St. Louis seeks to draw Israel’s tech for competitive edge
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St. Louis seeks to draw Israel’s tech for competitive edge

Israeli startups tour health centers in the city, pitch their companies to investors, meet with potential partners

Israeli startups meet with potential clients and partners during a healthcare conference in St. Louis, Missouri, June 28,2017. (Courtesy)
Israeli startups meet with potential clients and partners during a healthcare conference in St. Louis, Missouri, June 28,2017. (Courtesy)

Seven Israeli healthcare technology companies took part in a conference in St. Louis, Missouri, last month that was meant to expose local hospitals and corporations to Israeli cutting edge innovations, the organizers said.

The startups “were rigorously vetted and carefully selected as offering cutting-edge innovations that are in demand by St. Louis-based hospital systems and healthcare corporations,” according to Donn Rubin, president and CEO of BioSTL, an organization dedicated to nurturing the bioscience and innovation ecosystem in St. Louis.

The GlobalSTL Health Innovation Summit was the first by BioSTL. It said the purpose was to give St. Louis companies a competitive advantage by accessing innovation, bringing international companies into the US market, and getting them to consider opening US headquarters in the city, close to their new customers.

Attendees toured health innovation centers in the city, listened to speakers, pitched their companies to investors, met with potential strategic partners and mingled with local community leaders and government officials.

“A real distinguisher for St. Louis is the attention and access we can give an individual entrepreneur; whereas, if these companies were to go to say, Silicon Valley, they could spend six months or a year and not get the kinds of meetings we can facilitate for them in 48 hours,” Rubin said. He added that the companies that participated are now in talks with potential clients and partners.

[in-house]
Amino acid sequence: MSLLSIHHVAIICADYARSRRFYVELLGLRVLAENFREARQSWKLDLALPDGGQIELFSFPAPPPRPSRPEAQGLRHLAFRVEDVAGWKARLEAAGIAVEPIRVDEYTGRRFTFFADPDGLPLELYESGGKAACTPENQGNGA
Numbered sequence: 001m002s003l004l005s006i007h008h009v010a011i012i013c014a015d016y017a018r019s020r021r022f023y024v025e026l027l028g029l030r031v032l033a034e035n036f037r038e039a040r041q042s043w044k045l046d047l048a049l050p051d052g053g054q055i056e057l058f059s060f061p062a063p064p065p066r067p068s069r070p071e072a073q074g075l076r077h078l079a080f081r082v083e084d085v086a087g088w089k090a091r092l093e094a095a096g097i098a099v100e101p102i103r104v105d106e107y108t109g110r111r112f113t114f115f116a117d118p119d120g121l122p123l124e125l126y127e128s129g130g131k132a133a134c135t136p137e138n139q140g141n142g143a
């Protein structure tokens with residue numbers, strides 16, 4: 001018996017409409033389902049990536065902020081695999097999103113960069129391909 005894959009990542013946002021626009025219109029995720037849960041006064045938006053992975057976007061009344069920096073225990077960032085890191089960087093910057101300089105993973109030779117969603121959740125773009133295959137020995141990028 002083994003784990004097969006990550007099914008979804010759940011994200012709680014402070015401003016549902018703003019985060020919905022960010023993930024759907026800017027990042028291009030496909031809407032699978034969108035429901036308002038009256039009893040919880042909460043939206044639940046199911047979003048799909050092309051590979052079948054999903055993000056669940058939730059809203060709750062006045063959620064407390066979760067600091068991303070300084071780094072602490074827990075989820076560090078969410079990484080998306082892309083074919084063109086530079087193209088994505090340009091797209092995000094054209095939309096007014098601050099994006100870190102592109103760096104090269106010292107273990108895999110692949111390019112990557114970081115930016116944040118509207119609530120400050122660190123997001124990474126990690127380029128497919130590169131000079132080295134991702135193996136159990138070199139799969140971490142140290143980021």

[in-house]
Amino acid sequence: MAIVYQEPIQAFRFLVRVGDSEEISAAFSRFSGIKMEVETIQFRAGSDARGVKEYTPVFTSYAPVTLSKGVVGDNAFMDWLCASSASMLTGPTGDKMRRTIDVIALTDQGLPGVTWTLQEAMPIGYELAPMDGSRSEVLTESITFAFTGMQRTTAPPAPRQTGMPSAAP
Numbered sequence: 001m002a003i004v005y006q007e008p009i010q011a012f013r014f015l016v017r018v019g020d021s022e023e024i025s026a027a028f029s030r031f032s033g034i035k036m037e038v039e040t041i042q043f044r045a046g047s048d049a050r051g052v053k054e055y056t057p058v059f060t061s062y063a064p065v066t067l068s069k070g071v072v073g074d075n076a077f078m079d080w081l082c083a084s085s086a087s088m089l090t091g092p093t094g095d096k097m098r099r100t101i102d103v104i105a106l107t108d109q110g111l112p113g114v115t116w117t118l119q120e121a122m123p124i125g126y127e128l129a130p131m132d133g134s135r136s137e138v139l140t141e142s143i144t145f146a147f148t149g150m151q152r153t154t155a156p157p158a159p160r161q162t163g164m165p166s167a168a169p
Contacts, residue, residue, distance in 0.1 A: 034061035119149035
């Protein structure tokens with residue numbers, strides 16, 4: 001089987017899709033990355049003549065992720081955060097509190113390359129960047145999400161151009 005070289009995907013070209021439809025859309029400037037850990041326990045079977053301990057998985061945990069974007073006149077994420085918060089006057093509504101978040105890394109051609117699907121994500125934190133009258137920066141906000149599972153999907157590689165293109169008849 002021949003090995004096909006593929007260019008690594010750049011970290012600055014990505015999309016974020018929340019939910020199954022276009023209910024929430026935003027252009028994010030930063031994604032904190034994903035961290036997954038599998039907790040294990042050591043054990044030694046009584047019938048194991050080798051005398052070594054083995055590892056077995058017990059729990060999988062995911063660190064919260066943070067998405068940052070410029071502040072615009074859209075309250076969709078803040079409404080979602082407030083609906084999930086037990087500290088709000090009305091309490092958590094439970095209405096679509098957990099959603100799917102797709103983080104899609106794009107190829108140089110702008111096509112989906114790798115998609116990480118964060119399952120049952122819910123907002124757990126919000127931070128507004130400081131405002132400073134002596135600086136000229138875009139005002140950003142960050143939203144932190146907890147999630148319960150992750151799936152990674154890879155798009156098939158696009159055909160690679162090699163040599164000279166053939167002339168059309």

Telesofia representative Peter Steiner presents the company's platform for personalizing patients' healthcare education at conference in St. Louis, US, in June 2017 (Courtesy)
Telesofia representative Peter Steiner presents the company’s platform for personalizing patients’ healthcare education at conference in St. Louis, Missouri, in June 2017 (Courtesy)

One of those companies, Telesofia, is already taking advantage of the proffered opportunities. The startup uses clinical data to create personalized videos to educate individual patients about their ongoing care. It also uses its data to meet the needs of healthcare providers, pharmaceutical companies, pharmacy chains and insurers.

Ehud Belder, CFO of Telesofia, said his company is in talks with at least half a dozen potential new clients and partners. He said he is looking to establish a permanent representative in St. Louis because of the experience. The Ramat Gan-based company was started in 2011 and has 15 employees. Now it is looking to double its workforce by the end of the year. “I’m assuming that once we have a successful pilot with the St. Louis team, we’ll have the opportunity to become national,” Belder said. “In a way, it’s kind of an easy access to the US market.”

The other Israeli companies that attended were ContinUse Biometrics — a bio-sensing technology for telemedicine and tracking chronic diseases that eliminates the need to maintain continuous contact with the body; MDClone, which specializes in electronic health records; Medial EarlySign, which addresses risk management and clinical decision-making for individuals within large populations; MobileODT, which uses mobile phones as intelligent visual diagnostic tools; Wikaya, which has developed an artificial intelligence platform that helps patients improve their preventative efforts through a scoring system; and Zebra Medical Vision, which has developed an artificial intelligence platform that teaches computers to automatically read and diagnose imaging data.

BioSTL started its GlobalSTL initiative in 2014 to attract innovative international companies. Five Israeli companies have opened their US headquarters in St. Louis over the past two years, due to its efforts.

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